ways—and that abuse even reaches the deserts. I hope I have contributed in
my own modest way to building a society in harmony with nature—‘this
visible part of God’s garden'”, said Mr. Rahmani.

Elisea Bebet Gillera Gozun was honoured for pushing forward the
environmental agenda by winning trust across all sectors of Philippine

“Air quality in most of our urban areas now exceeds health guidelines.
Fifteen of our rivers are considered biologically dead during the dry
months. Solid waste continues to accumulate and 30 per cent of our people
live below the poverty line”, she said.

“Societies resemble ecosystems. I thus believe that localized,
community-based, multi-sectoral action is the response needed to save and
rehabilitate the environment”, said Ms Gozun.

Viveka Bohn of Sweden was honoured for playing her leadership in global
efforts to ensure chemical safety, especially through the successful
Strategic Approach to International Chemicals Management (SAICM) process.

In a statement read by her daughter Maria, Mrs Bohn said: “I am deeply
honoured and truly grateful for this award. It is an appreciation of my
contribution to green multilateral diplomacy.”

She defined three lessons for successful green diplomacy:   “Do your
homework!; Do your housework and above all Never Give Up!.”

Her Excellency Ms. Marina Silva of Brazil was honoured for her tireless
fight to protect the Amazon rainforest while balancing the needs of people.
Official deforestation rates have been cut by around 50 per cent in the
past three years.

In her video statement, she said: “It is the thought of one day being able
to substitute predatory development models for sustainable ones;
deforestation for conservation and competition for solidarity that I join
in along this path with UNEP and my awarded colleagues.”

His Royal Highness Prince Hassan Bin Talal of Jordan was honoured for his
belief in transboundary collaboration to protect the environment.

In a video statement he recalled working with farmers in the region
following the six-day war: “I remember spending a night in 1977 with an
older boy and when he saw electricity and clean water he said to me ‘this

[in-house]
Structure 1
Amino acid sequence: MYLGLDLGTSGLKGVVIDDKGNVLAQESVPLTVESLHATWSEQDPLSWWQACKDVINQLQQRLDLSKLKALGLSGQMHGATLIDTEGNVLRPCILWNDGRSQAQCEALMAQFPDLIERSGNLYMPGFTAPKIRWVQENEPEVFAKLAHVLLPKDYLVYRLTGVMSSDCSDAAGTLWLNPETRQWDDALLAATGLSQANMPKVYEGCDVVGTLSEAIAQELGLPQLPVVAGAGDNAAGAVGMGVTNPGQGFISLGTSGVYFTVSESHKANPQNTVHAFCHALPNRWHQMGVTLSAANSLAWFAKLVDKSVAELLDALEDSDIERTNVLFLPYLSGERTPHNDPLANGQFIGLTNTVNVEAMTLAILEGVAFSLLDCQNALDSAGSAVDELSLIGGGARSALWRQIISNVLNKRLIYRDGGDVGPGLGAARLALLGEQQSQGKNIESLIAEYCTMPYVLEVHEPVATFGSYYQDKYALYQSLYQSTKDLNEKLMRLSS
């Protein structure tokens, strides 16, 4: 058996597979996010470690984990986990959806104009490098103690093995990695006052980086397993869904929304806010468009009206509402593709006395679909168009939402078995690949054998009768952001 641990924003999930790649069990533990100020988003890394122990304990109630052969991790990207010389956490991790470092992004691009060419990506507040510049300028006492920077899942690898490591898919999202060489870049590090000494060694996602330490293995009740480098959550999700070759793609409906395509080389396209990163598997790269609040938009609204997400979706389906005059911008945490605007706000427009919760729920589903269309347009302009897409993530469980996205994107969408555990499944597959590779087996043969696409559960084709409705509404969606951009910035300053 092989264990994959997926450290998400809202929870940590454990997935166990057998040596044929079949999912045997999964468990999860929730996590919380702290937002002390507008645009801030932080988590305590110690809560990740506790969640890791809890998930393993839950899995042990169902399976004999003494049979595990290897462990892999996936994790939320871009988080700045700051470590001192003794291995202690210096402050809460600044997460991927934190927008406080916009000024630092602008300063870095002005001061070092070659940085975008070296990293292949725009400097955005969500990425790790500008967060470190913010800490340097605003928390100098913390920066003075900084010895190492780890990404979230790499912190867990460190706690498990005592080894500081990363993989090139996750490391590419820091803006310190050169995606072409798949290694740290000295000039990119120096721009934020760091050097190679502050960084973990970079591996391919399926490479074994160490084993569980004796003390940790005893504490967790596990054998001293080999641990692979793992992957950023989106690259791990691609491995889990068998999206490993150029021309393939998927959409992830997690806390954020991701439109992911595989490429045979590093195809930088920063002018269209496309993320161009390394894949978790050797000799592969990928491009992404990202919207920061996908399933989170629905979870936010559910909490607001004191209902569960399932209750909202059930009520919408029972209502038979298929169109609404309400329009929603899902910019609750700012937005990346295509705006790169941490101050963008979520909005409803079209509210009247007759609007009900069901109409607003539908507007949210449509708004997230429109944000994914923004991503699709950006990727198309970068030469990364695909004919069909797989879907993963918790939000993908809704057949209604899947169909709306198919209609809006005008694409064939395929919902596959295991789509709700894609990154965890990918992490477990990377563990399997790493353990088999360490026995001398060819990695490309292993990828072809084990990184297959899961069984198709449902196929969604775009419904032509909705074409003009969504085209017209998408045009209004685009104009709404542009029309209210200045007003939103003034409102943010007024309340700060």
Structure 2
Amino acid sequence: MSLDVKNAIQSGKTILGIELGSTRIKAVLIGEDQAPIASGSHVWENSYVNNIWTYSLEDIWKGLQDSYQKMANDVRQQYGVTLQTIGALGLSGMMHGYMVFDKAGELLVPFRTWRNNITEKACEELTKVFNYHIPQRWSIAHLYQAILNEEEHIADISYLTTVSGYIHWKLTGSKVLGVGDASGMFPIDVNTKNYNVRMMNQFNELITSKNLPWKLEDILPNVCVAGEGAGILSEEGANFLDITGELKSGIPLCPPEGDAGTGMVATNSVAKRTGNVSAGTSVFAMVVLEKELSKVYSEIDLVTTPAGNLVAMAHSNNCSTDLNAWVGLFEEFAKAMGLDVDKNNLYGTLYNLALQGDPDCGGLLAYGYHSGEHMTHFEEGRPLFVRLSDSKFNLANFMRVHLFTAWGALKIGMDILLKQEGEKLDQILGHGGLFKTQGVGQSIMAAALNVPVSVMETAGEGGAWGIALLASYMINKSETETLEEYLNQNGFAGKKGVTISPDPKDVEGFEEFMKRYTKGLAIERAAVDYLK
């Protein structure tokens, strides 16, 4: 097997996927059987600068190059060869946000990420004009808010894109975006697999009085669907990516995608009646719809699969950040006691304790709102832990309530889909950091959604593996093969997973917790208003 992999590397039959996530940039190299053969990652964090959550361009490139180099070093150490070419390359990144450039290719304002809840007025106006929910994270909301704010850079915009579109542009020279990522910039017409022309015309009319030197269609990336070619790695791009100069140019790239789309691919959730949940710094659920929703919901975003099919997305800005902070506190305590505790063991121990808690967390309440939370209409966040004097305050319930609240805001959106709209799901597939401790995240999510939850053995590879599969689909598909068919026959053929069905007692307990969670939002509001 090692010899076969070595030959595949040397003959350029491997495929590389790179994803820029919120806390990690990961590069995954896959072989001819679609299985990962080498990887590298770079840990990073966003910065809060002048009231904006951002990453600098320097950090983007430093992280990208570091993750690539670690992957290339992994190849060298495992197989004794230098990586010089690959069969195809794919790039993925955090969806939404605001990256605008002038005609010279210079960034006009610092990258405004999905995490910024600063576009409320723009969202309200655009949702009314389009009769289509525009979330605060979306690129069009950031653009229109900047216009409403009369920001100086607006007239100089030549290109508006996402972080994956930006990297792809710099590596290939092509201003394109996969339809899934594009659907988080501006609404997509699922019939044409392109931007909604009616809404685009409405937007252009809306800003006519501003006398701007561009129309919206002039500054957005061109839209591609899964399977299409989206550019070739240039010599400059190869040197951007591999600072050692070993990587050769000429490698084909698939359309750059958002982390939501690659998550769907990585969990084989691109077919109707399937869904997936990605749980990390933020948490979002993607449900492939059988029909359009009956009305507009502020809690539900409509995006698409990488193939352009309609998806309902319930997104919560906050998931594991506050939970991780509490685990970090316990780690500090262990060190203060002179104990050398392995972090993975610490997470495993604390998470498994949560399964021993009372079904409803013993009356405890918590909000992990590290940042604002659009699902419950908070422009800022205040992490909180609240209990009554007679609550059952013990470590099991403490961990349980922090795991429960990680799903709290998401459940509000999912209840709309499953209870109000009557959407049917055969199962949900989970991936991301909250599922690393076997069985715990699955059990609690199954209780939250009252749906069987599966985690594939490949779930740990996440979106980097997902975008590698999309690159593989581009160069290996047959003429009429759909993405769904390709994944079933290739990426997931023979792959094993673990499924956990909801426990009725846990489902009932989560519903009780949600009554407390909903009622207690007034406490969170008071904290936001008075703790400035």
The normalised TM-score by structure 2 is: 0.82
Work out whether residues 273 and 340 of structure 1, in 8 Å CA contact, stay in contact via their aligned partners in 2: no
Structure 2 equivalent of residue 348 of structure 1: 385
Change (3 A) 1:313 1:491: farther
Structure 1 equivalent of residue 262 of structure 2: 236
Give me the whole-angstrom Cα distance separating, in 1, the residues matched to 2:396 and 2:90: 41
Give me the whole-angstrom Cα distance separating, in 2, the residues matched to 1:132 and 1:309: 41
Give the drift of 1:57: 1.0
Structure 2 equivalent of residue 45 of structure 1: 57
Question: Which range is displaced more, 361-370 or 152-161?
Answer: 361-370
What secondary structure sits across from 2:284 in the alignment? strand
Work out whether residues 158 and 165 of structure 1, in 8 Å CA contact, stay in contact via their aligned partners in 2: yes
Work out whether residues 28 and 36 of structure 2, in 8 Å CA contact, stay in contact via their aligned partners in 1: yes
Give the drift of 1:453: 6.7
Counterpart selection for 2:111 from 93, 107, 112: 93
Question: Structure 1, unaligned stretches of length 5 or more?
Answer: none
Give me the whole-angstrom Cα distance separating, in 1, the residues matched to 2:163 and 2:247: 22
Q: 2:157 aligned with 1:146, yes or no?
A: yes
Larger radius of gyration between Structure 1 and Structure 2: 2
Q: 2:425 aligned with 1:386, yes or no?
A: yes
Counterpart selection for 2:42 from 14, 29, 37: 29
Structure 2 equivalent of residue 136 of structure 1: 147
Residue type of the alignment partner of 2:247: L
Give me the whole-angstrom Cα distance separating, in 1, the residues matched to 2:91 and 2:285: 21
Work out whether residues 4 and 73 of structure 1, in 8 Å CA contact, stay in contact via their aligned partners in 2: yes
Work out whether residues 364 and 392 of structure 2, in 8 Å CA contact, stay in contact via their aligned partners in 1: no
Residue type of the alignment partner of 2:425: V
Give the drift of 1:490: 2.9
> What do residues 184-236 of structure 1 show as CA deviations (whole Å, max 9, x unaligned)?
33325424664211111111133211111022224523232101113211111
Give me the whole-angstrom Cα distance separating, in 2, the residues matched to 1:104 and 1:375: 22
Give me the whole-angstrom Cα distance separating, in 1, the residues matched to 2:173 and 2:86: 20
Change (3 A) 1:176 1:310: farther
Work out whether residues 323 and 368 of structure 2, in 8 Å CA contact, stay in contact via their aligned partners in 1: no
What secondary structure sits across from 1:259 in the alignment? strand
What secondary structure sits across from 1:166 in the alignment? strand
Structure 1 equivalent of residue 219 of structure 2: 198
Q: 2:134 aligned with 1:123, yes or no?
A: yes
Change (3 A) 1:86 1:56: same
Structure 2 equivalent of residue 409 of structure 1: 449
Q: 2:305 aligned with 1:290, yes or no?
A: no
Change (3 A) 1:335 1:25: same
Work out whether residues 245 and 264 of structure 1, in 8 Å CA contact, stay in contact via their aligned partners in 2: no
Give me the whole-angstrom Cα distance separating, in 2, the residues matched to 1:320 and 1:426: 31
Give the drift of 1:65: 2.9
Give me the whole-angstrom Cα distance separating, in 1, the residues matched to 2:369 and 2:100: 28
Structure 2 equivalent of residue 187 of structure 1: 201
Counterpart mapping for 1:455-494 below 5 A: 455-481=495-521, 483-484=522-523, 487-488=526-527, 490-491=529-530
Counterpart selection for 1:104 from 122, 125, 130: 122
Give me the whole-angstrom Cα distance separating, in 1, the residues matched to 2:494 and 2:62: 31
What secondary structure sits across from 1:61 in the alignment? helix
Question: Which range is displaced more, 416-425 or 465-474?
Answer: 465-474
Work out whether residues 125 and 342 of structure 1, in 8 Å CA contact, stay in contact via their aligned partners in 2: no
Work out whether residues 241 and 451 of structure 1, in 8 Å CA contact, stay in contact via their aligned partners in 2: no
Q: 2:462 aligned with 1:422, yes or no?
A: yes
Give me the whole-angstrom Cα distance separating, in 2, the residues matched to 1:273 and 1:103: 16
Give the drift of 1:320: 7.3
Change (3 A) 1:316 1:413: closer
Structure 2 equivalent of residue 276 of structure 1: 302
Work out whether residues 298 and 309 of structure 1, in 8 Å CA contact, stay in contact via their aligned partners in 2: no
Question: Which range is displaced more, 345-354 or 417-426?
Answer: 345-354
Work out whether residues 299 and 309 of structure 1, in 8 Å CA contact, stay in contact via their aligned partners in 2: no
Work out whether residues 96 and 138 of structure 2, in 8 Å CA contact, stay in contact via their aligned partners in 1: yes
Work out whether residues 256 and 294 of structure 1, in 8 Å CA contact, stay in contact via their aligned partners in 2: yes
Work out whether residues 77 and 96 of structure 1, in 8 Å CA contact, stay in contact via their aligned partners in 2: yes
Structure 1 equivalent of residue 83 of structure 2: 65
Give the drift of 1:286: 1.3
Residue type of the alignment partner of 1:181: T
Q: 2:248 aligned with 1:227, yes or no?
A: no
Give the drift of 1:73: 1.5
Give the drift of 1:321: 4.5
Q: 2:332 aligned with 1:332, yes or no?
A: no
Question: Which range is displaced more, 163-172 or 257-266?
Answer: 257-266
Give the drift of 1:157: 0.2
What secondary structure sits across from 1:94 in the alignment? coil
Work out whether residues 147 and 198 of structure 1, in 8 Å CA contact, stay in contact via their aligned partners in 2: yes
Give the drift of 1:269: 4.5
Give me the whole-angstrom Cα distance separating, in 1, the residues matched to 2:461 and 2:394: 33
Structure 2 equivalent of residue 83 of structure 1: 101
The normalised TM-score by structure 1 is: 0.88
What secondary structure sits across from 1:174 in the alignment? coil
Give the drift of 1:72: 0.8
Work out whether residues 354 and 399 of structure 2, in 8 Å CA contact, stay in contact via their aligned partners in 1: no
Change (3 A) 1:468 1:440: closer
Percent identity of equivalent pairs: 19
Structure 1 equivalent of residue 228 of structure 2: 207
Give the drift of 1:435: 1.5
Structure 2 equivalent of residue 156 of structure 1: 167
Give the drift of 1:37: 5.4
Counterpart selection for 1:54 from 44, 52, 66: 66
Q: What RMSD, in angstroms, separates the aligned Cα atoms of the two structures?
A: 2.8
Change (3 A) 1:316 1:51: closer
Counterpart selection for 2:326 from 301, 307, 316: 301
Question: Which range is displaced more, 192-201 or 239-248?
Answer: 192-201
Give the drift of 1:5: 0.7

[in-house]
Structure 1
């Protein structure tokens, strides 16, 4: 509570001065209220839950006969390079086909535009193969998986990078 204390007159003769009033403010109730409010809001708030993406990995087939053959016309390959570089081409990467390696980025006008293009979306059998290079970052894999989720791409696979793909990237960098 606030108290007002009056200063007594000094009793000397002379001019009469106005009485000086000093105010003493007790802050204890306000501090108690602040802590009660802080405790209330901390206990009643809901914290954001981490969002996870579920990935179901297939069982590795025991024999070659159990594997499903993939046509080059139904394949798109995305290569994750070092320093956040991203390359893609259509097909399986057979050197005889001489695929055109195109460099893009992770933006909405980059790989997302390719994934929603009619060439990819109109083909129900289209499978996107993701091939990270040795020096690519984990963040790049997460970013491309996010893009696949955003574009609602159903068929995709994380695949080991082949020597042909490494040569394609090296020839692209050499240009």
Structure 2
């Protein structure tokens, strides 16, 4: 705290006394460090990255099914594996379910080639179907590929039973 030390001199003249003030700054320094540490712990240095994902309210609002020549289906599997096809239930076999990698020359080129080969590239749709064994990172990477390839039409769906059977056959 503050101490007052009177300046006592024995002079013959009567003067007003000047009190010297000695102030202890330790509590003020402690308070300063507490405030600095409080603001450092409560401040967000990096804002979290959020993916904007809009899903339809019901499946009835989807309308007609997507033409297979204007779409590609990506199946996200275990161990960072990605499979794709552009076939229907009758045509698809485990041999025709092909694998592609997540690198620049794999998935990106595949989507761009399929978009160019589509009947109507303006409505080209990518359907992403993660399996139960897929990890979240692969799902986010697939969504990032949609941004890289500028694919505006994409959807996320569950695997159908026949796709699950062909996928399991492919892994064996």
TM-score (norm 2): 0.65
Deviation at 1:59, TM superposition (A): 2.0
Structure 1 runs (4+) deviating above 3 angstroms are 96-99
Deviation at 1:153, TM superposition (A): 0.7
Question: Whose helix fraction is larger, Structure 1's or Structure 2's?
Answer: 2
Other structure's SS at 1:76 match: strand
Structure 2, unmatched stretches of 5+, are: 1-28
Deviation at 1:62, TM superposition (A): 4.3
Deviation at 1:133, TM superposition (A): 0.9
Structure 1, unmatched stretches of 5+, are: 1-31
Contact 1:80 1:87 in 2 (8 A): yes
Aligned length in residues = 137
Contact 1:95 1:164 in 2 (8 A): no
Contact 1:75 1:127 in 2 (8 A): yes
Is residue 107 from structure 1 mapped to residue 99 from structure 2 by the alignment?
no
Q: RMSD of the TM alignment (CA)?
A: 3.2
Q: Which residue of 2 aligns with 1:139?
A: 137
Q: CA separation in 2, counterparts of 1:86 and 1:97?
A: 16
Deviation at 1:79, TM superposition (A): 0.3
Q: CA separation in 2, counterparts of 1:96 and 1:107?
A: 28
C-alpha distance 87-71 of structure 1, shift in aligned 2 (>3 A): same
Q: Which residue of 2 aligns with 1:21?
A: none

is the night of destiny’. Thus it is the need of human dignity that
motivates me. We, as Arabs or as Muslims, are no different to anyone else.
Given a chance we can excel.”

Mr. Gore, whose trophy was collected by Ms Hannah, said in a statement:
“Let me thank UNEP for their years of global leadership. My continuing
efforts to communicate to audiences about the climate crisis have prevented
me from joining you here today—but do not think it lessens the honour that
I feel upon accepting the Champions of the Earth award.”

“I have every confidence that when the nations of the world come together
to the common good, we will regain our moral authority to tackle the
climate crisis and the environmental threats we face today”, he added.

Jacques Rogge and the International Olympic Committee (IOC) were honoured
for introducing stringent environmental requirements for cities bidding to
host Olympic Games.

The trophy was received by senior IOC officials Pal Schmitt and Ser Miang

In a video statement Mr Rogge, the IOC President, said: “The IOC started to
be environmentally-conscious at the Olympic Games in Lillehammer in 1994.
They were called the Green Games. And this is something not only for the 14
days of the Games but will leave a legacy for the future of a city and a

“We have the mentality of athletes: we are ambitious people. So for the
environment and sustainability we want to use the IOC motto of ‘higher,
stronger, faster!”, he added.
The full achievements of the 2007 Champions of the Earth and their
citations can be found at

The event was hosted in conjunction with the Business for the Environment
(B4E) Summit details of which can also be found at the same web site.

For more information,   please contact:   Nick Nuttall, UNEP Spokesperson, on
Tel: +254-20-7623084, Mobile: +254-733-632755, E-mail:
 nick.nuttall at style=”text-align: center”>